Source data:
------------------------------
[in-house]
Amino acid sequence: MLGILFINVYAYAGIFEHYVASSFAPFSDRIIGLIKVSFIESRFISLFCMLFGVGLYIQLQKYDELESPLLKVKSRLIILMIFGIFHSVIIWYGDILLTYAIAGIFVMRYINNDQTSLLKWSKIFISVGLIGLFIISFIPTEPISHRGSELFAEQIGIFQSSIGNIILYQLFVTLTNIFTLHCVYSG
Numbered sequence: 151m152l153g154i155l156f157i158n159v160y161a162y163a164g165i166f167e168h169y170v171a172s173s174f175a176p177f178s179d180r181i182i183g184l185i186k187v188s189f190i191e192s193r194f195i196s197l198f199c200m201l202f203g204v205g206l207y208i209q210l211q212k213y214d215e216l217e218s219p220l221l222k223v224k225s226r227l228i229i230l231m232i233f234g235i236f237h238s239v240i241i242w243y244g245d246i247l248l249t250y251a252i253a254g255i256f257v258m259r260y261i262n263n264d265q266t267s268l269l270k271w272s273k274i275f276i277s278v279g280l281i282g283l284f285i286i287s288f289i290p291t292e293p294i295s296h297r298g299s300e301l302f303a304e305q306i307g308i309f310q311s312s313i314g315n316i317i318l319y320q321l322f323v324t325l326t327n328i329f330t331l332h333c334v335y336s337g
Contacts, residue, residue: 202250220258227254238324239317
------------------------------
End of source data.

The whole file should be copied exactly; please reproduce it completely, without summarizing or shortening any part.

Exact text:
[in-house]
Amino acid sequence: MLGILFINVYAYAGIFEHYVASSFAPFSDRIIGLIKVSFIESRFISLFCMLFGVGLYIQLQKYDELESPLLKVKSRLIILMIFGIFHSVIIWYGDILLTYAIAGIFVMRYINNDQTSLLKWSKIFISVGLIGLFIISFIPTEPISHRGSELFAEQIGIFQSSIGNIILYQLFVTLTNIFTLHCVYSG
Numbered sequence: 151m152l153g154i155l156f157i158n159v160y161a162y163a164g165i166f167e168h169y170v171a172s173s174f175a176p177f178s179d180r181i182i183g184l185i186k187v188s189f190i191e192s193r194f195i196s197l198f199c200m201l202f203g204v205g206l207y208i209q210l211q212k213y214d215e216l217e218s219p220l221l222k223v224k225s226r227l228i229i230l231m232i233f234g235i236f237h238s239v240i241i242w243y244g245d246i247l248l249t250y251a252i253a254g255i256f257v258m259r260y261i262n263n264d265q266t267s268l269l270k271w272s273k274i275f276i277s278v279g280l281i282g283l284f285i286i287s288f289i290p291t292e293p294i295s296h297r298g299s300e301l302f303a304e305q306i307g308i309f310q311s312s313i314g315n316i317i318l319y320q321l322f323v324t325l326t327n328i329f330t331l332h333c334v335y336s337g
Contacts, residue, residue: 202250220258227254238324239317